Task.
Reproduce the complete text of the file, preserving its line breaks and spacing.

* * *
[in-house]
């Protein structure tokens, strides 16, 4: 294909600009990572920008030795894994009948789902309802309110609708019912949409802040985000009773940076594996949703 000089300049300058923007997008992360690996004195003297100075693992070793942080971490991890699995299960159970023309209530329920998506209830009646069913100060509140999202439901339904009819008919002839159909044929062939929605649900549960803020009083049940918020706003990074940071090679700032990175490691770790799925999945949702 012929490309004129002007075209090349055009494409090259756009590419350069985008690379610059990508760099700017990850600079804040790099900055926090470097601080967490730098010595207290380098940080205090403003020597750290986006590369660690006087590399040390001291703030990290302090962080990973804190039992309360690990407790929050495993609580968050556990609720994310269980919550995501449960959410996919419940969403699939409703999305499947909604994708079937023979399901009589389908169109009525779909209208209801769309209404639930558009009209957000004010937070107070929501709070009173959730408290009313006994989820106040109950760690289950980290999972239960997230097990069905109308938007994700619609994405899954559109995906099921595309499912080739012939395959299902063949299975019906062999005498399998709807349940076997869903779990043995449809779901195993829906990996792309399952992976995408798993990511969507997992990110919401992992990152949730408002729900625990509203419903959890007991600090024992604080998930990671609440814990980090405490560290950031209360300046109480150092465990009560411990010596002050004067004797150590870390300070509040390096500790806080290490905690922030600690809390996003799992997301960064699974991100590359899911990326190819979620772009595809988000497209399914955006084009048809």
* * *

[in-house]
């Protein structure tokens, strides 16, 4: 294909600009990572920008030795894994009948789902309802309110609708019912949409802040985000009773940076594996949703 000089300049300058923007997008992360690996004195003297100075693992070793942080971490991890699995299960159970023309209530329920998506209830009646069913100060509140999202439901339904009819008919002839159909044929062939929605649900549960803020009083049940918020706003990074940071090679700032990175490691770790799925999945949702 012929490309004129002007075209090349055009494409090259756009590419350069985008690379610059990508760099700017990850600079804040790099900055926090470097601080967490730098010595207290380098940080205090403003020597750290986006590369660690006087590399040390001291703030990290302090962080990973804190039992309360690990407790929050495993609580968050556990609720994310269980919550995501449960959410996919419940969403699939409703999305499947909604994708079937023979399901009589389908169109009525779909209208209801769309209404639930558009009209957000004010937070107070929501709070009173959730408290009313006994989820106040109950760690289950980290999972239960997230097990069905109308938007994700619609994405899954559109995906099921595309499912080739012939395959299902063949299975019906062999005498399998709807349940076997869903779990043995449809779901195993829906990996792309399952992976995408798993990511969507997992990110919401992992990152949730408002729900625990509203419903959890007991600090024992604080998930990671609440814990980090405490560290950031209360300046109480150092465990009560411990010596002050004067004797150590870390300070509040390096500790806080290490905690922030600690809390996003799992997301960064699974991100590359899911990326190819979620772009595809988000497209399914955006084009048809």